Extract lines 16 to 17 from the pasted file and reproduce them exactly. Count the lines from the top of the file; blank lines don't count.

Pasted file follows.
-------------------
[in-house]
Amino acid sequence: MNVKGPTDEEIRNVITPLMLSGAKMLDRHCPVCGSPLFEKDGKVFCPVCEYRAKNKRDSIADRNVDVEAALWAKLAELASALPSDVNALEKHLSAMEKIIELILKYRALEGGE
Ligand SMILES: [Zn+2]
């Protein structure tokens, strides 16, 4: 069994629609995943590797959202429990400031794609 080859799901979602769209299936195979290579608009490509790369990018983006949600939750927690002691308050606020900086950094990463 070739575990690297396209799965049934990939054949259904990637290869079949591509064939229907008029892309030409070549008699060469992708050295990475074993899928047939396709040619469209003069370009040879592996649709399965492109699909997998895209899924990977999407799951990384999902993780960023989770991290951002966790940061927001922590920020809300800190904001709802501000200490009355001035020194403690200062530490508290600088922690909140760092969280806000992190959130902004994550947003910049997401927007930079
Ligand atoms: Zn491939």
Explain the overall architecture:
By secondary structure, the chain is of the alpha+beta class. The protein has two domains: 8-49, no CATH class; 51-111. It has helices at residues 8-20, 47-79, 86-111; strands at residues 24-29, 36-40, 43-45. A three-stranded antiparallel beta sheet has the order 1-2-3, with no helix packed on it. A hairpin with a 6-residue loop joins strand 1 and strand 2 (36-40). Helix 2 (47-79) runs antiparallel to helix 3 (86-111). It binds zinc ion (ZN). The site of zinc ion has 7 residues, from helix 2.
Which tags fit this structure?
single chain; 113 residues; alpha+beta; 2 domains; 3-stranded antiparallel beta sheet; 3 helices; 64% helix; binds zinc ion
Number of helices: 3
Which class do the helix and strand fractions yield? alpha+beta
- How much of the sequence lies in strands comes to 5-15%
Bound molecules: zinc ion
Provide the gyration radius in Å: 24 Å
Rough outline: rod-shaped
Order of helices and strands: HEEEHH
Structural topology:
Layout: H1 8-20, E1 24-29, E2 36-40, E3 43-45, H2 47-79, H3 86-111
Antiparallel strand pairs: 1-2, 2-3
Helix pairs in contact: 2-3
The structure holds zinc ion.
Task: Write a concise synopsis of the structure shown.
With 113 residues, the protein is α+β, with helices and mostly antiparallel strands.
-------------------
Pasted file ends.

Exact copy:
Order of helices and strands: HEEEHH
Structural topology: